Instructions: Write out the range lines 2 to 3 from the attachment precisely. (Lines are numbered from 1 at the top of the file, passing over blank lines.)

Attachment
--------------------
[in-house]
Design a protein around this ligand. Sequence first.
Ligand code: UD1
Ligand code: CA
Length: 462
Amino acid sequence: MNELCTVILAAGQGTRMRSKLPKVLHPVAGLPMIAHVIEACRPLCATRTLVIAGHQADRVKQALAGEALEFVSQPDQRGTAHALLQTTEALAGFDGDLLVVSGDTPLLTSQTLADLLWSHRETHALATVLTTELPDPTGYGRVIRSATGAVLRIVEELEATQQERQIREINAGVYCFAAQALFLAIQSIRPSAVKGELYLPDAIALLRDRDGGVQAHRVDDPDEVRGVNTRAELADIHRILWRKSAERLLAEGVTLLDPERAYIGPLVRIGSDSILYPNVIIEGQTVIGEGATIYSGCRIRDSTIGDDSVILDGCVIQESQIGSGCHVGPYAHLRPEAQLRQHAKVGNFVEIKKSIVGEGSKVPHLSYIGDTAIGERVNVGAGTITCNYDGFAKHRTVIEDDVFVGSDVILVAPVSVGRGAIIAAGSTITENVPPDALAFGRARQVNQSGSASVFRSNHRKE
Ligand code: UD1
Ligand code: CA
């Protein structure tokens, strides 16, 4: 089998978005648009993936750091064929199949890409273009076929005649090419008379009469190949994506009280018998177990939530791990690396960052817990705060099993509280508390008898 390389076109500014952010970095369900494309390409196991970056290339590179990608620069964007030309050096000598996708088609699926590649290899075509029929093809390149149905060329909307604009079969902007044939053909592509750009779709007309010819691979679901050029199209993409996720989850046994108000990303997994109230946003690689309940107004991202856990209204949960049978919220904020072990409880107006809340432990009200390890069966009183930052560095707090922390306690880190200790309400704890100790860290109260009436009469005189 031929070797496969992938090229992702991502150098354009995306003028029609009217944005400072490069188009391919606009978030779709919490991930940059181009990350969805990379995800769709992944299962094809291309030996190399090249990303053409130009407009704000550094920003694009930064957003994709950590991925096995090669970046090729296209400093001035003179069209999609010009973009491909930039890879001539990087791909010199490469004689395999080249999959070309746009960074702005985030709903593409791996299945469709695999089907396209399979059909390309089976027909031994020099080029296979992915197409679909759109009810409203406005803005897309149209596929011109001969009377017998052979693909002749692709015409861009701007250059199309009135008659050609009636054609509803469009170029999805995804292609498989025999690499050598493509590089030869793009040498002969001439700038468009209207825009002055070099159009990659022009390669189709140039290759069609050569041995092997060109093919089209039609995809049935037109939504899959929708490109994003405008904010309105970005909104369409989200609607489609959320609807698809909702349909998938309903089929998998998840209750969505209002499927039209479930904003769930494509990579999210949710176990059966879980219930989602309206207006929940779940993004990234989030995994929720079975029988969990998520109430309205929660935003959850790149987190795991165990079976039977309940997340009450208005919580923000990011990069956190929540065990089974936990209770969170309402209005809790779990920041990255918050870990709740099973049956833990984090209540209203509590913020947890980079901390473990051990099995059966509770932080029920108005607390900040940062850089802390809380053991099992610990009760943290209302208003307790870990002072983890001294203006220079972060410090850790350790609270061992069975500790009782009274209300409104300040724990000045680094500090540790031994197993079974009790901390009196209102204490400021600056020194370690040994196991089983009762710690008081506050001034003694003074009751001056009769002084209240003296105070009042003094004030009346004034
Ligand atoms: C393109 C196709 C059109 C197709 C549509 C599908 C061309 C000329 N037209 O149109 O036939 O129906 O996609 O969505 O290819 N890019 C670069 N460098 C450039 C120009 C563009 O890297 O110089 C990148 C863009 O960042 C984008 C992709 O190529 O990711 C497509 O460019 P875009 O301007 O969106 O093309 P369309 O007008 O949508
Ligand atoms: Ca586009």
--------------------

Design a protein around this ligand. Sequence first.
Ligand code: UD1